With much coaxing and wheedling, and after promising him a sneak peek at my own efforts in exchange, the P-Dawg agreed to let me read what he had so far.

It wasn’t half bad. He hadn’t bothered to swap his own name out for that of the protagonist (a brilliant Cleveland-based physician), but his main character was quite likable and the plot moved along quickly, unlike mine which was having a smoke out back.

“You think this is good? Just wait ’till they turn it into a movie,” my amazing husband said.

My only solace is the fact that the P-Dawg counted his plot summary and character descriptions toward his 1,000 words and is in dire need of a spell checker. But he is so confident in his progress that yesterday he decided to take a few days off from novel writing and pick up where he left off next week. Right now he’s eating popcorn and playing poker online.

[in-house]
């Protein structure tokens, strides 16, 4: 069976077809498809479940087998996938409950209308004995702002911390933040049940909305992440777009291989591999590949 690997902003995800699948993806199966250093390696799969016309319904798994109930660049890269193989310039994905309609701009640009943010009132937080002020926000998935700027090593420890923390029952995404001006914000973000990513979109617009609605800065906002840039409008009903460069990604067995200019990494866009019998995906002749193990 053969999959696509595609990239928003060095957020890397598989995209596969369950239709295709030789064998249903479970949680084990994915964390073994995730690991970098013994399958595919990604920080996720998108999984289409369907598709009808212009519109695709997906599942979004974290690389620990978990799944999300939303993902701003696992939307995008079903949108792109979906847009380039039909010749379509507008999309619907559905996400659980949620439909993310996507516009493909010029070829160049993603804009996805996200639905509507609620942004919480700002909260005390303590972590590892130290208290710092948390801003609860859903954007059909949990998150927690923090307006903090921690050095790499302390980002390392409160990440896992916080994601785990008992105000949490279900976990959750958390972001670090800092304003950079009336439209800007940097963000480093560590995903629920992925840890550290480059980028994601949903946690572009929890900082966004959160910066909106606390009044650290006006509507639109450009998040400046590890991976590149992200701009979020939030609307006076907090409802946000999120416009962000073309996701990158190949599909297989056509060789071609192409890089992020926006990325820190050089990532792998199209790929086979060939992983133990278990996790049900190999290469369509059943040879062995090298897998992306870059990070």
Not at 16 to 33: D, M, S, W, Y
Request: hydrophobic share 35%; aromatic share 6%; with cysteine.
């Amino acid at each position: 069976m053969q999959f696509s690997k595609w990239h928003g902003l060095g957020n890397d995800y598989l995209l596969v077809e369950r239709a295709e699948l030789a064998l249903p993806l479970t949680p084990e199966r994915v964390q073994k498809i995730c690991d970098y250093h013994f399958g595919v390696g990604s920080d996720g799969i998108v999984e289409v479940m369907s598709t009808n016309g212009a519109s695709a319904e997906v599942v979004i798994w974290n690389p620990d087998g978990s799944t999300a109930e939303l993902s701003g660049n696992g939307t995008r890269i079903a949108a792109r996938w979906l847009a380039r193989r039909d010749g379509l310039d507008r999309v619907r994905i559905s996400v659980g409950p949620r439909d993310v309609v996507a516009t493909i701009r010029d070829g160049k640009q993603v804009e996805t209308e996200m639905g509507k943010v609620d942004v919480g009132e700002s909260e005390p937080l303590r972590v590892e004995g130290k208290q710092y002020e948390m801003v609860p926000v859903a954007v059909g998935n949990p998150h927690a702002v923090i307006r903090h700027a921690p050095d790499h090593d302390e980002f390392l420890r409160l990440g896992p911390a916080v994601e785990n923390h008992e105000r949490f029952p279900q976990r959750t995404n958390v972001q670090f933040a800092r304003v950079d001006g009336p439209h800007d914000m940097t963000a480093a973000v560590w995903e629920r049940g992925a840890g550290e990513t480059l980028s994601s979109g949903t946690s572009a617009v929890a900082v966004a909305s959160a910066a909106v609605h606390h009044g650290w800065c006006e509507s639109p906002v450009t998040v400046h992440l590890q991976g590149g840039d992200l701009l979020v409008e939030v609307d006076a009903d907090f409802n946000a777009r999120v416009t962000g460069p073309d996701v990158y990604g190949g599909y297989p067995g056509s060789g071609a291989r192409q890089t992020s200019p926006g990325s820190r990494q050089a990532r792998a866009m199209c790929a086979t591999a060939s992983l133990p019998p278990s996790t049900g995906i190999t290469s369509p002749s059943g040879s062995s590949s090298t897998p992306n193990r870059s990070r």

At least once he’s churned out a couple of bestsellers, I can afford to hire a ghostwriter to write my novel for me. Or maybe I’ll just ask the P-Dawg.

Note: Despite my hemming and hawing, I am really glad I signed up for this. Because though masochistic, writing a novel is also exhilirating and I know there is no way I would have attempted one if not for this.  Also, I can’t give up because I already broadcast my intentions to my family, Facebook friends, and the Internet at large.

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I Have a Percolator. I Have Beans. Can I Make a Pot of Coffee?